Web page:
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Magnetic turbulence trumps collisions to heat solar wind

New research led by University of Warwick physicist Dr Kareem Osman has provided significant insight into how the solar wind heats up when it should not. The solar wind rushes outwards from the raging inferno that is our Sun, but from then on the wind should only get cooler as it expands beyond our solar system since there are no particle collisions to dissipate energy.

Aug 17th, 2012

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NASA is tracking electron beams from the Sun

In the quest to understand how the world's weather moves around the globe, scientists have had to tease apart different kinds of atmospheric movement, such as the great jet streams that can move across a whole hemisphere versus more intricate, localized flows. Much the same must currently be done to understand the various motions at work in the great space weather system that links the sun and Earth as the sun shoots material out in all directions, creating its own version of a particle sea to fill up the solar system.

Aug 16th, 2012

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Hubble watches star clusters on a collision course

Astronomers using data from NASA's Hubble Space Telescope have caught two clusters full of massive stars that may be in the early stages of merging. The clusters are 170,000 light-years away in the Large Magellanic Cloud, a small satellite galaxy to our Milky Way.

Aug 16th, 2012

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NASA goes green: NASA selects green propellant technology demonstration mission

NASA has selected a team led by Ball Aerospace & Technologies Corporation of Boulder, Colo., for a technology demonstration of a high performance "green" propellant alternative to the highly toxic fuel hydrazine. With this award, NASA opens a new era of innovative and non-toxic green fuels that are less harmful to our environment, have fewer operational hazards, and decrease the complexity and cost of launch processing.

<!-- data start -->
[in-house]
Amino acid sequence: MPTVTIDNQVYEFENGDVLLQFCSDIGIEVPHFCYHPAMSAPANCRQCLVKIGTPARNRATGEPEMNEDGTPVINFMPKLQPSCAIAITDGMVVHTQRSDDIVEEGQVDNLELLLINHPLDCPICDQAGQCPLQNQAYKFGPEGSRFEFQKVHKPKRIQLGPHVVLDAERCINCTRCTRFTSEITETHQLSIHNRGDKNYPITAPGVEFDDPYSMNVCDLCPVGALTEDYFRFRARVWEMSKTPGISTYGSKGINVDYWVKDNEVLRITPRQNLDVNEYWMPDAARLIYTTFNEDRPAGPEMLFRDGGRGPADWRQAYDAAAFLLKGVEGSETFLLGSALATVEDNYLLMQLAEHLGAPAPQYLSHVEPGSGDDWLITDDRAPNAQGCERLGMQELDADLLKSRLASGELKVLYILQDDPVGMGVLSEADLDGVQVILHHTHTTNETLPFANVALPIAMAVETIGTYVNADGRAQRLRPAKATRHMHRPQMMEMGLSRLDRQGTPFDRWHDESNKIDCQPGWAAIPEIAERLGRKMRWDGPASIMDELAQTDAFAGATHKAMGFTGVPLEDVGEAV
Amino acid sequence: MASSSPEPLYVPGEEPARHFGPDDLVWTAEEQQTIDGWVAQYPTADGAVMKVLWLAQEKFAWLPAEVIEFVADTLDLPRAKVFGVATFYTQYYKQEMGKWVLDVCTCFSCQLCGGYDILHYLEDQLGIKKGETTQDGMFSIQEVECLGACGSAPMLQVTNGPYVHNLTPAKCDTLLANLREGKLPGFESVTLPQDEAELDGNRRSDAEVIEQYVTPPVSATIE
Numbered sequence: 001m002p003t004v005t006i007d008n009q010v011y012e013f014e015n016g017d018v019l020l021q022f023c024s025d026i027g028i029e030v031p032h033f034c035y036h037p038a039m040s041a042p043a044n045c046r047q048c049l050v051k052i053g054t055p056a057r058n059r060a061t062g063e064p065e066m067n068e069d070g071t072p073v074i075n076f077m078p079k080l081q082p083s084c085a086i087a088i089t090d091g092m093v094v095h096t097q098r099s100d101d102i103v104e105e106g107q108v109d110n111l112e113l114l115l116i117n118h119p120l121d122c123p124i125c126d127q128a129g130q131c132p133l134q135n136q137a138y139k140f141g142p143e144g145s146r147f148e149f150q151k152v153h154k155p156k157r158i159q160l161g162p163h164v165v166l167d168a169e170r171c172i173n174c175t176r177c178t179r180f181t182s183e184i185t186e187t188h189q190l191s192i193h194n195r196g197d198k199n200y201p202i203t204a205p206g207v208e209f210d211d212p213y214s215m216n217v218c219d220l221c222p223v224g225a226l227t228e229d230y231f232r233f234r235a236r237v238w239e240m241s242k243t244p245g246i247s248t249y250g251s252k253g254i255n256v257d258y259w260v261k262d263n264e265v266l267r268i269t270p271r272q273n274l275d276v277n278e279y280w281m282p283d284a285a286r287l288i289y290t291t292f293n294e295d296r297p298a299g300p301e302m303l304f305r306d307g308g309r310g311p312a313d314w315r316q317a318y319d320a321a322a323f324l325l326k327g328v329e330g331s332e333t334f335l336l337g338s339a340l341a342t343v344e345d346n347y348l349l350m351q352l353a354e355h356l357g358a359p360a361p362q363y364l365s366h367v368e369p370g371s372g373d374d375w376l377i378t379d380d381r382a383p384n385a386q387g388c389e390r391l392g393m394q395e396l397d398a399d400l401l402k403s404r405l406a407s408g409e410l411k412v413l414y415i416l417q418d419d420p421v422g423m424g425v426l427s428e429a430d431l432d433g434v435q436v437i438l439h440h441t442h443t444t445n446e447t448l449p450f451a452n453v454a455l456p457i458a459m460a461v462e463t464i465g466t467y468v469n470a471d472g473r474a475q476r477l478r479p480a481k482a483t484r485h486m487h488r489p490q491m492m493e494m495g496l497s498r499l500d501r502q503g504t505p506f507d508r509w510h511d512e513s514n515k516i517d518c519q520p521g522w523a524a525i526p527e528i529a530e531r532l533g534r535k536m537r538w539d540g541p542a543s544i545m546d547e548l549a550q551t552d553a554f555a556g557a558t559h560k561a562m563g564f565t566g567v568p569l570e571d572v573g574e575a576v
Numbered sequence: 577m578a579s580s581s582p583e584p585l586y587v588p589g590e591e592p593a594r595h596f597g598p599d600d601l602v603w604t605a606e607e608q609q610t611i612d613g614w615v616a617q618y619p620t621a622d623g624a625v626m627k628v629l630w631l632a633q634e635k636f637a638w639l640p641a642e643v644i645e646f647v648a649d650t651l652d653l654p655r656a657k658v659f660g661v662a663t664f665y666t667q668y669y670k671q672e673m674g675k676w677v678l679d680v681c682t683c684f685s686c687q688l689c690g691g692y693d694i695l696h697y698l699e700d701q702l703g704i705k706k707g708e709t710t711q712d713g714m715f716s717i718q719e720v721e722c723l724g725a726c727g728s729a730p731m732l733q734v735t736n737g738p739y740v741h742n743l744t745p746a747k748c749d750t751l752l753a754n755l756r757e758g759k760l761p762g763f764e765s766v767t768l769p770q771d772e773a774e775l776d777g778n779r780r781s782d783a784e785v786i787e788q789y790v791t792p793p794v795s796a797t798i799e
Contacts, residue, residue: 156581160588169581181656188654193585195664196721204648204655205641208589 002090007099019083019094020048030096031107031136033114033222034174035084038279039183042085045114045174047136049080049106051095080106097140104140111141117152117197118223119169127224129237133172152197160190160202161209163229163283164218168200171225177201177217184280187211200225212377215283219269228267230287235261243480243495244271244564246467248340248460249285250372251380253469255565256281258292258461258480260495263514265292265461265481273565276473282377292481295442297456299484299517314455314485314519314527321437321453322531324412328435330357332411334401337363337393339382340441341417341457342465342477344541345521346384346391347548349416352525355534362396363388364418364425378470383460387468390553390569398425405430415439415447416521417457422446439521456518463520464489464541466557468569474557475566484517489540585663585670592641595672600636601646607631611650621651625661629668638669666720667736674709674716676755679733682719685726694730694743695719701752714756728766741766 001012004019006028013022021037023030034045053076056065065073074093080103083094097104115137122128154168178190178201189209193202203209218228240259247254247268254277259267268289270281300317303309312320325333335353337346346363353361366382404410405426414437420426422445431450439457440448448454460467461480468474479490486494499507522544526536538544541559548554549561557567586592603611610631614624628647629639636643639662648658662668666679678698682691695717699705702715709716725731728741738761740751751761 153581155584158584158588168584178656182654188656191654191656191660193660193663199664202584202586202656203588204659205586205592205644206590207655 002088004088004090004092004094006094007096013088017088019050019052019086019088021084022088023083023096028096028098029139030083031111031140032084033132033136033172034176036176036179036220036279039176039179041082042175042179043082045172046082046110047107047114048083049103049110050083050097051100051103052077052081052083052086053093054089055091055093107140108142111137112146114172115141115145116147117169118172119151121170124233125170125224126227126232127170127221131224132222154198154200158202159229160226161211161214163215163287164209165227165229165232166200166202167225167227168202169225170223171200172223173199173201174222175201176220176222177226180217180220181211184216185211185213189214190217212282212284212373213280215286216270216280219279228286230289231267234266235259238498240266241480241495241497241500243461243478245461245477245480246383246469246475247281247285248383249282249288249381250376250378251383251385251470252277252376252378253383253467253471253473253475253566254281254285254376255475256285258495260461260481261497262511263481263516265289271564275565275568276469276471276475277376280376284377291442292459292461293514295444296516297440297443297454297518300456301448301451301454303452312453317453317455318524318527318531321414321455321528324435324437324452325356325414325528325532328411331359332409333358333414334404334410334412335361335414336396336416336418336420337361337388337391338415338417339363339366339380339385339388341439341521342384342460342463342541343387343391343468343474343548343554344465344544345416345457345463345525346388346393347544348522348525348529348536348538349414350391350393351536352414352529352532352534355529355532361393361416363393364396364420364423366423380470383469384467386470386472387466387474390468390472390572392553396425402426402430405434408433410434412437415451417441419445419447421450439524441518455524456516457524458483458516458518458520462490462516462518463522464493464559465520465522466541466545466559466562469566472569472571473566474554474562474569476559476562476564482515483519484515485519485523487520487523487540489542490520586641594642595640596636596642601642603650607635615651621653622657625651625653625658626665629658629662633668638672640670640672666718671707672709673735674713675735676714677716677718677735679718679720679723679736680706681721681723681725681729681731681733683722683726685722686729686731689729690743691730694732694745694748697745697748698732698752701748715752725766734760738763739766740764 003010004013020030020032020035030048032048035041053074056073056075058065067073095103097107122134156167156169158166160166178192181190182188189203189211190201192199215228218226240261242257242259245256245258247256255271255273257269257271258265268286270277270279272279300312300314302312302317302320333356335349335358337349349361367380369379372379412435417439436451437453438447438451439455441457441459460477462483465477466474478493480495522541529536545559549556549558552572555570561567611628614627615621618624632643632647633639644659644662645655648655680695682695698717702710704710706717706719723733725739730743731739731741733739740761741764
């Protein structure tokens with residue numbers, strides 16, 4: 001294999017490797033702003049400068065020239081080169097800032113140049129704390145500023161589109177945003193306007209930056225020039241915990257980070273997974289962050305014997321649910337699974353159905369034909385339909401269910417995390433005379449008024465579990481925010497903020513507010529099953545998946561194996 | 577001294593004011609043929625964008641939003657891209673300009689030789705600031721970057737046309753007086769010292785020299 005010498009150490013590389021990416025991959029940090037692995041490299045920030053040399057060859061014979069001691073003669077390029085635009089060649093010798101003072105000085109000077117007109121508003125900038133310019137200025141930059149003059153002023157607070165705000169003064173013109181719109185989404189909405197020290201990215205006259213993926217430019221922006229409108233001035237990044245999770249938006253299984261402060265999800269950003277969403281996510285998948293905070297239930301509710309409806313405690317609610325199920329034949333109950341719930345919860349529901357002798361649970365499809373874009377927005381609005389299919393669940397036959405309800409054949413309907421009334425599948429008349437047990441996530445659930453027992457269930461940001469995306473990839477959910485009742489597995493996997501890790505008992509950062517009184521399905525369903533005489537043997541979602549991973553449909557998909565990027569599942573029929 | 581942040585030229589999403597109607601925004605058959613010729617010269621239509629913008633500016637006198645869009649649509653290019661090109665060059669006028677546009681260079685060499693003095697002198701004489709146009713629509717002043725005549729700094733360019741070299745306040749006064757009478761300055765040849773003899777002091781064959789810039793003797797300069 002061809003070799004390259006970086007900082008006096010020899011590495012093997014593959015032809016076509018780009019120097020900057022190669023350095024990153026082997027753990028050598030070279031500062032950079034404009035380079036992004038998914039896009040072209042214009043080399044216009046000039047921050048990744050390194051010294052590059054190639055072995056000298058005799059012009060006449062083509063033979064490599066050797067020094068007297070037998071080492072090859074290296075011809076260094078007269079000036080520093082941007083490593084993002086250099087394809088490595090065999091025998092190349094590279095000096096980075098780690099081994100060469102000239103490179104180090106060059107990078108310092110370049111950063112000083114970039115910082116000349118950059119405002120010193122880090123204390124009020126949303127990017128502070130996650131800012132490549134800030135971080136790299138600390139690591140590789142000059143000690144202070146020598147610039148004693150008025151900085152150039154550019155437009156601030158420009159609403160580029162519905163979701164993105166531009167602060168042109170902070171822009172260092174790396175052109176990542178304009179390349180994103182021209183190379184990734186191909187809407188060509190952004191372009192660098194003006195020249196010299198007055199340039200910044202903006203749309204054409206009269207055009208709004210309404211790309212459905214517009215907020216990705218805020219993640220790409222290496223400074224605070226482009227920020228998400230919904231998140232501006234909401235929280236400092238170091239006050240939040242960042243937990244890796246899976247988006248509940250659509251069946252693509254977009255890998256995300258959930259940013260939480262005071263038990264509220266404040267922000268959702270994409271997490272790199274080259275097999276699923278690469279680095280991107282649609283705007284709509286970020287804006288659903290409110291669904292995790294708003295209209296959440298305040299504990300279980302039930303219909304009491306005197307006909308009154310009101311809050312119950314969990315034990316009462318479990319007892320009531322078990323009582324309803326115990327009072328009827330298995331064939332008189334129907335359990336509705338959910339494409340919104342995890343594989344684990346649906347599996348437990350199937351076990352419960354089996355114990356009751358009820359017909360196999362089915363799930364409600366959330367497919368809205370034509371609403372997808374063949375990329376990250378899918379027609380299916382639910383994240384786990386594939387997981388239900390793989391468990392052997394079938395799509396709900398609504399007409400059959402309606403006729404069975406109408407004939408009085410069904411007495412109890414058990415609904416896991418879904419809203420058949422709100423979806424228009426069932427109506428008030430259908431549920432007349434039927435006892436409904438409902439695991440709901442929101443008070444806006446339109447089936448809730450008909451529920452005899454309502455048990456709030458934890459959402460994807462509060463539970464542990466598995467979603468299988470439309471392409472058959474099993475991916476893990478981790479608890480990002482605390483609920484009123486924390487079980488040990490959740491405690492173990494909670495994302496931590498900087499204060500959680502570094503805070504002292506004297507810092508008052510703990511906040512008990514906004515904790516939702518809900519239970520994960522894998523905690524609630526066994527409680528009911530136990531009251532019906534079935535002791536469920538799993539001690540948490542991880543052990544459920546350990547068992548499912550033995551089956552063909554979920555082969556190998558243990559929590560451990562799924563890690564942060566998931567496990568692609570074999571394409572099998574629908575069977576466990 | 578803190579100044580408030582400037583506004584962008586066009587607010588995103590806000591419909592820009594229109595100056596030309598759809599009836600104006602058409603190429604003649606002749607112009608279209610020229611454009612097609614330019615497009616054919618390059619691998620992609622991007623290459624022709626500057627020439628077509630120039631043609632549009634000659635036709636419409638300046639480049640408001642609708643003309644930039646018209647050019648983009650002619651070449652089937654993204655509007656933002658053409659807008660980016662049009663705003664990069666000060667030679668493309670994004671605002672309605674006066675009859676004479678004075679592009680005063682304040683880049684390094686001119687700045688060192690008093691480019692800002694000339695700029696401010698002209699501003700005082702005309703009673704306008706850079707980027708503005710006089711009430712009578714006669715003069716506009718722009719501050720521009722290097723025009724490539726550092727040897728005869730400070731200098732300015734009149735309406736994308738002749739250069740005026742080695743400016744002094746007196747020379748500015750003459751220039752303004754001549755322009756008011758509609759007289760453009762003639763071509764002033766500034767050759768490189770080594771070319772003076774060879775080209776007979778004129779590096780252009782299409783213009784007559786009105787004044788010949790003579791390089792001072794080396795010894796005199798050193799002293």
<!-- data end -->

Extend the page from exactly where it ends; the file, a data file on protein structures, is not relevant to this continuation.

Aug 16th, 2012

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Phoenix cluster sets record pace at forming stars

Astronomers have found an extraordinary galaxy cluster, one of the largest objects in the universe, that is breaking several important cosmic records. Observations of the Phoenix cluster with NASA's Chandra X-ray Observatory, the National Science Foundation's South Pole Telescope, and eight other world-class observatories may force astronomers to rethink how these colossal structures and the galaxies that inhabit them evolve.

Aug 15th, 2012

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Recreating a slice of the universe

Scientists at the Harvard-Smithsonian Center for Astrophysics (CfA) and their colleagues at the Heidelberg Institute for Theoretical Studies (HITS) have invented a new computational approach that can accurately follow the birth and evolution of thousands of galaxies over billions of years. For the first time it is now possible to build a universe from scratch that brims with galaxies like we observe around us.

Aug 15th, 2012

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Keeping up with Curiosity

When Curiosity touched down safely on Mars on August 5, John Grotzinger, the mission's chief scientist and the Fletcher Jones Professor of Geology at Caltech, was given the 'keys' to the car-sized rover.

Aug 10th, 2012

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